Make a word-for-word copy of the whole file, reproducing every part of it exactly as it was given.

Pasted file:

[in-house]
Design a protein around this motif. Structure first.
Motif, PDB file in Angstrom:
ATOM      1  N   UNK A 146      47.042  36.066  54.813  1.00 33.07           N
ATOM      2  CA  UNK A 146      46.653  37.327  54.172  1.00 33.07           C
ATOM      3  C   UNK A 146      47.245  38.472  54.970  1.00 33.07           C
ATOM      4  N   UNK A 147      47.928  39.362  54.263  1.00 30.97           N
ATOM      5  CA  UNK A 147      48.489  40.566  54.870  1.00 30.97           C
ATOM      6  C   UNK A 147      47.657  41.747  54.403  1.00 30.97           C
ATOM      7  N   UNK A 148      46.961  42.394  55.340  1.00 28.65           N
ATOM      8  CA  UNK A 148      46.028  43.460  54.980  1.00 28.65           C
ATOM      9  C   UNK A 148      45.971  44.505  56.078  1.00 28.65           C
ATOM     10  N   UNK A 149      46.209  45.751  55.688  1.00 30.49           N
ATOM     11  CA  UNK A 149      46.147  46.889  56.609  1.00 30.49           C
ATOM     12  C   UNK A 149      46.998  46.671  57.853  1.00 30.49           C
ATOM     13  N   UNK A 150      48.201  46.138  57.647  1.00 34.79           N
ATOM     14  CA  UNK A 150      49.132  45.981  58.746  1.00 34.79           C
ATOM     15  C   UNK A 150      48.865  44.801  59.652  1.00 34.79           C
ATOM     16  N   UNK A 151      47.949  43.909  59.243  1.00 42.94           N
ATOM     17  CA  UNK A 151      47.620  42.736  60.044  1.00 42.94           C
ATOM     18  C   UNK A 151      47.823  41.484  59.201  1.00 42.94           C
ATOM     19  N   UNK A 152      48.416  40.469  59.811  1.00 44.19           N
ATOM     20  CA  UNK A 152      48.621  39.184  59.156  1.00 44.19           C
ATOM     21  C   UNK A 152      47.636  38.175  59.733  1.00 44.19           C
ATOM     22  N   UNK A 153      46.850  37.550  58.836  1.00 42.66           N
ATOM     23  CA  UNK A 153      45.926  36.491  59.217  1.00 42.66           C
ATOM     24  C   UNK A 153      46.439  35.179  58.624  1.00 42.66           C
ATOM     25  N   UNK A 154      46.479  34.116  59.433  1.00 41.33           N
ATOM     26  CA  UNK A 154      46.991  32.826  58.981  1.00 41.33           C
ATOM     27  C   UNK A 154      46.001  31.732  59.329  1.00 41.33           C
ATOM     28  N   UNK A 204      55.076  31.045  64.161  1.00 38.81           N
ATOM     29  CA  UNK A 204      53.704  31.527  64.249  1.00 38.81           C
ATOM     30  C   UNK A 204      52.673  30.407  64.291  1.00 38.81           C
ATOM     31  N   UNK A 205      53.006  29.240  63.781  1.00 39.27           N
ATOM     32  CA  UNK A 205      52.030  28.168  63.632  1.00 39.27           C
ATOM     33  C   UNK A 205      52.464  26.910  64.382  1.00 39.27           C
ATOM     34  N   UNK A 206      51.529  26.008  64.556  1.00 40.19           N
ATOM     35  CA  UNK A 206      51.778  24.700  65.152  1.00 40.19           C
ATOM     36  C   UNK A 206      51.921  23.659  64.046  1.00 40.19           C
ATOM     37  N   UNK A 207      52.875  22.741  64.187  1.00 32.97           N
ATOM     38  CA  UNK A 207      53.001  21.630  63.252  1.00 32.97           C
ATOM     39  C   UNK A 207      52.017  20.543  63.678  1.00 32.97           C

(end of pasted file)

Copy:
[in-house]
Design a protein around this motif. Structure first.
Motif, PDB file in Angstrom:
ATOM      1  N   UNK A 146      47.042  36.066  54.813  1.00 33.07           N
ATOM      2  CA  UNK A 146      46.653  37.327  54.172  1.00 33.07           C
ATOM      3  C   UNK A 146      47.245  38.472  54.970  1.00 33.07           C
ATOM      4  N   UNK A 147      47.928  39.362  54.263  1.00 30.97           N
ATOM      5  CA  UNK A 147      48.489  40.566  54.870  1.00 30.97           C
ATOM      6  C   UNK A 147      47.657  41.747  54.403  1.00 30.97           C
ATOM      7  N   UNK A 148      46.961  42.394  55.340  1.00 28.65           N
ATOM      8  CA  UNK A 148      46.028  43.460  54.980  1.00 28.65           C
ATOM      9  C   UNK A 148      45.971  44.505  56.078  1.00 28.65           C
ATOM     10  N   UNK A 149      46.209  45.751  55.688  1.00 30.49           N
ATOM     11  CA  UNK A 149      46.147  46.889  56.609  1.00 30.49           C
ATOM     12  C   UNK A 149      46.998  46.671  57.853  1.00 30.49           C
ATOM     13  N   UNK A 150      48.201  46.138  57.647  1.00 34.79           N
ATOM     14  CA  UNK A 150      49.132  45.981  58.746  1.00 34.79           C
ATOM     15  C   UNK A 150      48.865  44.801  59.652  1.00 34.79           C
ATOM     16  N   UNK A 151      47.949  43.909  59.243  1.00 42.94           N
ATOM     17  CA  UNK A 151      47.620  42.736  60.044  1.00 42.94           C
ATOM     18  C   UNK A 151      47.823  41.484  59.201  1.00 42.94           C
ATOM     19  N   UNK A 152      48.416  40.469  59.811  1.00 44.19           N
ATOM     20  CA  UNK A 152      48.621  39.184  59.156  1.00 44.19           C
ATOM     21  C   UNK A 152      47.636  38.175  59.733  1.00 44.19           C
ATOM     22  N   UNK A 153      46.850  37.550  58.836  1.00 42.66           N
ATOM     23  CA  UNK A 153      45.926  36.491  59.217  1.00 42.66           C
ATOM     24  C   UNK A 153      46.439  35.179  58.624  1.00 42.66           C
ATOM     25  N   UNK A 154      46.479  34.116  59.433  1.00 41.33           N
ATOM     26  CA  UNK A 154      46.991  32.826  58.981  1.00 41.33           C
ATOM     27  C   UNK A 154      46.001  31.732  59.329  1.00 41.33           C
ATOM     28  N   UNK A 204      55.076  31.045  64.161  1.00 38.81           N
ATOM     29  CA  UNK A 204      53.704  31.527  64.249  1.00 38.81           C
ATOM     30  C   UNK A 204      52.673  30.407  64.291  1.00 38.81           C
ATOM     31  N   UNK A 205      53.006  29.240  63.781  1.00 39.27           N
ATOM     32  CA  UNK A 205      52.030  28.168  63.632  1.00 39.27           C
ATOM     33  C   UNK A 205      52.464  26.910  64.382  1.00 39.27           C
ATOM     34  N   UNK A 206      51.529  26.008  64.556  1.00 40.19           N
ATOM     35  CA  UNK A 206      51.778  24.700  65.152  1.00 40.19           C
ATOM     36  C   UNK A 206      51.921  23.659  64.046  1.00 40.19           C
ATOM     37  N   UNK A 207      52.875  22.741  64.187  1.00 32.97           N
ATOM     38  CA  UNK A 207      53.001  21.630  63.252  1.00 32.97           C
ATOM     39  C   UNK A 207      52.017  20.543  63.678  1.00 32.97           C